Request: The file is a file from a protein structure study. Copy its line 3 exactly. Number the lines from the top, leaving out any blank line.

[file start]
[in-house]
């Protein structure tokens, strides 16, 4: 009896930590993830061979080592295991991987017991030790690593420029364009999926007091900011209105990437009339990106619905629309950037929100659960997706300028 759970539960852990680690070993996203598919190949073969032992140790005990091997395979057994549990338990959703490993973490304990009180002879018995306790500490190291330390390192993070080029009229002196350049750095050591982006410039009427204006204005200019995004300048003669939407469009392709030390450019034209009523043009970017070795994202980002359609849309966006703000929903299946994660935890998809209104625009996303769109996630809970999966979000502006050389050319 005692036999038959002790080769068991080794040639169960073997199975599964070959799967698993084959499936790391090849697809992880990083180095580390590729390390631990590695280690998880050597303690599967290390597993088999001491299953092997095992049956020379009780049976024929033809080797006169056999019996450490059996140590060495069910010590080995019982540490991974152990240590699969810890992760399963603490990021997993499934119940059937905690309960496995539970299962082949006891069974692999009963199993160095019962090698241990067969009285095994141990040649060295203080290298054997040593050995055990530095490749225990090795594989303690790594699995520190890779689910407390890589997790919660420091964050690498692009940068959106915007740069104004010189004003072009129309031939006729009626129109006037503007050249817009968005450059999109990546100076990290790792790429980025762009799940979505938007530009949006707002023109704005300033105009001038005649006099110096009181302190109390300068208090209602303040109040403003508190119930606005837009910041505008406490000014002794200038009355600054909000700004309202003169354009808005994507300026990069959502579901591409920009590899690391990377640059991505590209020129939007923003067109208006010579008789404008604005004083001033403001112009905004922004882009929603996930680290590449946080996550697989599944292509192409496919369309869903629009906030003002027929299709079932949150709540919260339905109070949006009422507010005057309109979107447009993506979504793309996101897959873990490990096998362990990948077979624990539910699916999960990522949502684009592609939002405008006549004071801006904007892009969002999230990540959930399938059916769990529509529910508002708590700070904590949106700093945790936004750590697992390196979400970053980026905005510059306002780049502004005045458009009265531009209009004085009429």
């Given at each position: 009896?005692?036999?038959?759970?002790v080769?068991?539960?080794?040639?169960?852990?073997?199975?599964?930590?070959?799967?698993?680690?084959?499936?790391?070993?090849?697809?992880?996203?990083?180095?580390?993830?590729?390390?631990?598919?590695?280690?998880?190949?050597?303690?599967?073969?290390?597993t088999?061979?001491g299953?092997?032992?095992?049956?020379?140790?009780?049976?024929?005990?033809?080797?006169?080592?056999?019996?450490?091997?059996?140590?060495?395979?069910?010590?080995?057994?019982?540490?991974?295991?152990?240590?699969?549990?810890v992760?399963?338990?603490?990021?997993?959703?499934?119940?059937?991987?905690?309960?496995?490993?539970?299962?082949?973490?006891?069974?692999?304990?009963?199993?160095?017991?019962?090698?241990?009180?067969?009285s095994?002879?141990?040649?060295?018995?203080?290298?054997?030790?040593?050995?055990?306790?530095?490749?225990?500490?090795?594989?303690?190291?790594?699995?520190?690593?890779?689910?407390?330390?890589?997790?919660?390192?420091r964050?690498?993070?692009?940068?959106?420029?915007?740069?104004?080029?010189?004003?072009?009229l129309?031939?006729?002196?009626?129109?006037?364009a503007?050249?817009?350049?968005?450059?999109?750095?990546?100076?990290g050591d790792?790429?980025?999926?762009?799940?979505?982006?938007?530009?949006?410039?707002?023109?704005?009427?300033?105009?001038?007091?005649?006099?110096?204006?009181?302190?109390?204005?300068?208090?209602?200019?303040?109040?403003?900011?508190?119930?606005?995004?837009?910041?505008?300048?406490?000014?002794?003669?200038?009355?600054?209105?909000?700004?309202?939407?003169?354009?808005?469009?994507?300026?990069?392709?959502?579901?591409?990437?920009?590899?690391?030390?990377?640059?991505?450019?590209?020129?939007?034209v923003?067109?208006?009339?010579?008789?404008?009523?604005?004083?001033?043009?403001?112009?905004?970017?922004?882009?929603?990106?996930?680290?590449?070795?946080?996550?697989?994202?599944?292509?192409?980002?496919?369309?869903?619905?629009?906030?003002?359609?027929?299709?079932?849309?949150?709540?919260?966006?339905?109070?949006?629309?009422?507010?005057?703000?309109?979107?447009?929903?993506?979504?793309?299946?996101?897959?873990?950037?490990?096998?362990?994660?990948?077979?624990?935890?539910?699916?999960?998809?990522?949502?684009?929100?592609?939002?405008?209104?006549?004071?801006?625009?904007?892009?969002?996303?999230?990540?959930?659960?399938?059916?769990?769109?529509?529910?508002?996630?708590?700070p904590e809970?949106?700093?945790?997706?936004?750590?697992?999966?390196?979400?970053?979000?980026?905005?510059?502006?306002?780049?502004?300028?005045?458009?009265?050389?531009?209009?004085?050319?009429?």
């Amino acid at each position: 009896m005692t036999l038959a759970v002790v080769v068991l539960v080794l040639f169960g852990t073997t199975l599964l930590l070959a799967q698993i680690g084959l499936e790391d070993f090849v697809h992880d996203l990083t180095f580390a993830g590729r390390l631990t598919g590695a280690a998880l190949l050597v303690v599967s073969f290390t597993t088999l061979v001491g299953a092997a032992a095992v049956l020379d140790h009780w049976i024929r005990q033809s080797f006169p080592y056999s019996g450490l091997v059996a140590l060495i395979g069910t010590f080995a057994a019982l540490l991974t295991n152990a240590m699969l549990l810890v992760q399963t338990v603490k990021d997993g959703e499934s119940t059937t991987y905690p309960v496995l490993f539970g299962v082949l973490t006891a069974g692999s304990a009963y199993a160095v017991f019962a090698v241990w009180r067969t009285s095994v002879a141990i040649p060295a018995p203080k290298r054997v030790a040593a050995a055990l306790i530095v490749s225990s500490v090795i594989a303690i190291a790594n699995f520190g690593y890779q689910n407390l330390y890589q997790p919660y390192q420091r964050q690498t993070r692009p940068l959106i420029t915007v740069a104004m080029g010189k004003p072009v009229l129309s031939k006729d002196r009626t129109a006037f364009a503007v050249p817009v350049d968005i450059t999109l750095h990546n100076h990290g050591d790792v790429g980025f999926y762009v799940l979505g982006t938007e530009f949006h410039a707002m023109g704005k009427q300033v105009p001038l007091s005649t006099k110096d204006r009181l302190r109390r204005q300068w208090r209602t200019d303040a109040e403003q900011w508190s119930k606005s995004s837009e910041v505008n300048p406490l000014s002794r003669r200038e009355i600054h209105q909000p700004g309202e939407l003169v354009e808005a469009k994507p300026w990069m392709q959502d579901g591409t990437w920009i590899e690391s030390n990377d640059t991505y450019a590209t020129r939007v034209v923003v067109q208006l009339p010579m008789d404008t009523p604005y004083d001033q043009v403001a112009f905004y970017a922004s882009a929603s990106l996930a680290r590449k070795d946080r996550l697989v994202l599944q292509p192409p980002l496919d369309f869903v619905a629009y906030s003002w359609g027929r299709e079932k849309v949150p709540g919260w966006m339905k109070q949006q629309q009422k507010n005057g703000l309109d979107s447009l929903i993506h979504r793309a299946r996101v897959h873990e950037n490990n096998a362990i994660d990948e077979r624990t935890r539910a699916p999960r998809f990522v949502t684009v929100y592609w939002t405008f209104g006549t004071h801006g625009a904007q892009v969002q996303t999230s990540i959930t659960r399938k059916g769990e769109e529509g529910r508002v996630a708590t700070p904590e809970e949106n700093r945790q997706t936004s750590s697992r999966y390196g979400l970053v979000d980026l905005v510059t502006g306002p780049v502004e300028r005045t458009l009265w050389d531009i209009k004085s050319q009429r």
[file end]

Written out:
């Given at each position: 009896?005692?036999?038959?759970?002790v080769?068991?539960?080794?040639?169960?852990?073997?199975?599964?930590?070959?799967?698993?680690?084959?499936?790391?070993?090849?697809?992880?996203?990083?180095?580390?993830?590729?390390?631990?598919?590695?280690?998880?190949?050597?303690?599967?073969?290390?597993t088999?061979?001491g299953?092997?032992?095992?049956?020379?140790?009780?049976?024929?005990?033809?080797?006169?080592?056999?019996?450490?091997?059996?140590?060495?395979?069910?010590?080995?057994?019982?540490?991974?295991?152990?240590?699969?549990?810890v992760?399963?338990?603490?990021?997993?959703?499934?119940?059937?991987?905690?309960?496995?490993?539970?299962?082949?973490?006891?069974?692999?304990?009963?199993?160095?017991?019962?090698?241990?009180?067969?009285s095994?002879?141990?040649?060295?018995?203080?290298?054997?030790?040593?050995?055990?306790?530095?490749?225990?500490?090795?594989?303690?190291?790594?699995?520190?690593?890779?689910?407390?330390?890589?997790?919660?390192?420091r964050?690498?993070?692009?940068?959106?420029?915007?740069?104004?080029?010189?004003?072009?009229l129309?031939?006729?002196?009626?129109?006037?364009a503007?050249?817009?350049?968005?450059?999109?750095?990546?100076?990290g050591d790792?790429?980025?999926?762009?799940?979505?982006?938007?530009?949006?410039?707002?023109?704005?009427?300033?105009?001038?007091?005649?006099?110096?204006?009181?302190?109390?204005?300068?208090?209602?200019?303040?109040?403003?900011?508190?119930?606005?995004?837009?910041?505008?300048?406490?000014?002794?003669?200038?009355?600054?209105?909000?700004?309202?939407?003169?354009?808005?469009?994507?300026?990069?392709?959502?579901?591409?990437?920009?590899?690391?030390?990377?640059?991505?450019?590209?020129?939007?034209v923003?067109?208006?009339?010579?008789?404008?009523?604005?004083?001033?043009?403001?112009?905004?970017?922004?882009?929603?990106?996930?680290?590449?070795?946080?996550?697989?994202?599944?292509?192409?980002?496919?369309?869903?619905?629009?906030?003002?359609?027929?299709?079932?849309?949150?709540?919260?966006?339905?109070?949006?629309?009422?507010?005057?703000?309109?979107?447009?929903?993506?979504?793309?299946?996101?897959?873990?950037?490990?096998?362990?994660?990948?077979?624990?935890?539910?699916?999960?998809?990522?949502?684009?929100?592609?939002?405008?209104?006549?004071?801006?625009?904007?892009?969002?996303?999230?990540?959930?659960?399938?059916?769990?769109?529509?529910?508002?996630?708590?700070p904590e809970?949106?700093?945790?997706?936004?750590?697992?999966?390196?979400?970053?979000?980026?905005?510059?502006?306002?780049?502004?300028?005045?458009?009265?050389?531009?209009?004085?050319?009429?």